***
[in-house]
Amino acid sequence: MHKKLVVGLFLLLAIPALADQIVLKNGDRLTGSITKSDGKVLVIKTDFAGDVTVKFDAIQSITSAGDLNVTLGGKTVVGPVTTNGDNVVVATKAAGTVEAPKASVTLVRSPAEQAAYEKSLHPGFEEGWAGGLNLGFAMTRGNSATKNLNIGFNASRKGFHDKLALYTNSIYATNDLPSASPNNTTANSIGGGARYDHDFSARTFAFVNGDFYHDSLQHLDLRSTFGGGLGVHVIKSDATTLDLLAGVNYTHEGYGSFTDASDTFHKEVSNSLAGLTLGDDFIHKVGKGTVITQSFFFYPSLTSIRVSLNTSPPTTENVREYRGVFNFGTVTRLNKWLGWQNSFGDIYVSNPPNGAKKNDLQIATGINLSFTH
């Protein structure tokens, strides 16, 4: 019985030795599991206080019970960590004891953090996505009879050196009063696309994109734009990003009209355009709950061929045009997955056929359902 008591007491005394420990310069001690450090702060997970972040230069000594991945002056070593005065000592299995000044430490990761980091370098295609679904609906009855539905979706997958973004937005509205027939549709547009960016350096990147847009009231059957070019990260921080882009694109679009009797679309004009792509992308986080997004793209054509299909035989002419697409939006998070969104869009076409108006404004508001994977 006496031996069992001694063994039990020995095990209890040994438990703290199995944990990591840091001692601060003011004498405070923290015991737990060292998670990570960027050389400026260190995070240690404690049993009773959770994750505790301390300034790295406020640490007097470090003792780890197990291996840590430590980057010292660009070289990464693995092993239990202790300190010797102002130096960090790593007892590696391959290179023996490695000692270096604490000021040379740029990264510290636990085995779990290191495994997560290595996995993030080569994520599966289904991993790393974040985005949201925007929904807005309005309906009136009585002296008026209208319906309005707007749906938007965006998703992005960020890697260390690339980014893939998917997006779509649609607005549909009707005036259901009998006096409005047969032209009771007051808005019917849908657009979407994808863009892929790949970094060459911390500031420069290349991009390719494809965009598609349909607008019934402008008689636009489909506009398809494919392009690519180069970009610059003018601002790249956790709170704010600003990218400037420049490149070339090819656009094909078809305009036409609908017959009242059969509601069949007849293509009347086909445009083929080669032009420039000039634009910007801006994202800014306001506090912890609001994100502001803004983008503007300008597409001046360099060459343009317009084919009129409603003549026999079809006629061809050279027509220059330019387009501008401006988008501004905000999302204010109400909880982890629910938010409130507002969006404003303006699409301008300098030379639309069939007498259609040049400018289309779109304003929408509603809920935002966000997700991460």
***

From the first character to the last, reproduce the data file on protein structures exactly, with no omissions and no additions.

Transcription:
[in-house]
Amino acid sequence: MHKKLVVGLFLLLAIPALADQIVLKNGDRLTGSITKSDGKVLVIKTDFAGDVTVKFDAIQSITSAGDLNVTLGGKTVVGPVTTNGDNVVVATKAAGTVEAPKASVTLVRSPAEQAAYEKSLHPGFEEGWAGGLNLGFAMTRGNSATKNLNIGFNASRKGFHDKLALYTNSIYATNDLPSASPNNTTANSIGGGARYDHDFSARTFAFVNGDFYHDSLQHLDLRSTFGGGLGVHVIKSDATTLDLLAGVNYTHEGYGSFTDASDTFHKEVSNSLAGLTLGDDFIHKVGKGTVITQSFFFYPSLTSIRVSLNTSPPTTENVREYRGVFNFGTVTRLNKWLGWQNSFGDIYVSNPPNGAKKNDLQIATGINLSFTH
């Protein structure tokens, strides 16, 4: 019985030795599991206080019970960590004891953090996505009879050196009063696309994109734009990003009209355009709950061929045009997955056929359902 008591007491005394420990310069001690450090702060997970972040230069000594991945002056070593005065000592299995000044430490990761980091370098295609679904609906009855539905979706997958973004937005509205027939549709547009960016350096990147847009009231059957070019990260921080882009694109679009009797679309004009792509992308986080997004793209054509299909035989002419697409939006998070969104869009076409108006404004508001994977 006496031996069992001694063994039990020995095990209890040994438990703290199995944990990591840091001692601060003011004498405070923290015991737990060292998670990570960027050389400026260190995070240690404690049993009773959770994750505790301390300034790295406020640490007097470090003792780890197990291996840590430590980057010292660009070289990464693995092993239990202790300190010797102002130096960090790593007892590696391959290179023996490695000692270096604490000021040379740029990264510290636990085995779990290191495994997560290595996995993030080569994520599966289904991993790393974040985005949201925007929904807005309005309906009136009585002296008026209208319906309005707007749906938007965006998703992005960020890697260390690339980014893939998917997006779509649609607005549909009707005036259901009998006096409005047969032209009771007051808005019917849908657009979407994808863009892929790949970094060459911390500031420069290349991009390719494809965009598609349909607008019934402008008689636009489909506009398809494919392009690519180069970009610059003018601002790249956790709170704010600003990218400037420049490149070339090819656009094909078809305009036409609908017959009242059969509601069949007849293509009347086909445009083929080669032009420039000039634009910007801006994202800014306001506090912890609001994100502001803004983008503007300008597409001046360099060459343009317009084919009129409603003549026999079809006629061809050279027509220059330019387009501008401006988008501004905000999302204010109400909880982890629910938010409130507002969006404003303006699409301008300098030379639309069939007498259609040049400018289309779109304003929408509603809920935002966000997700991460």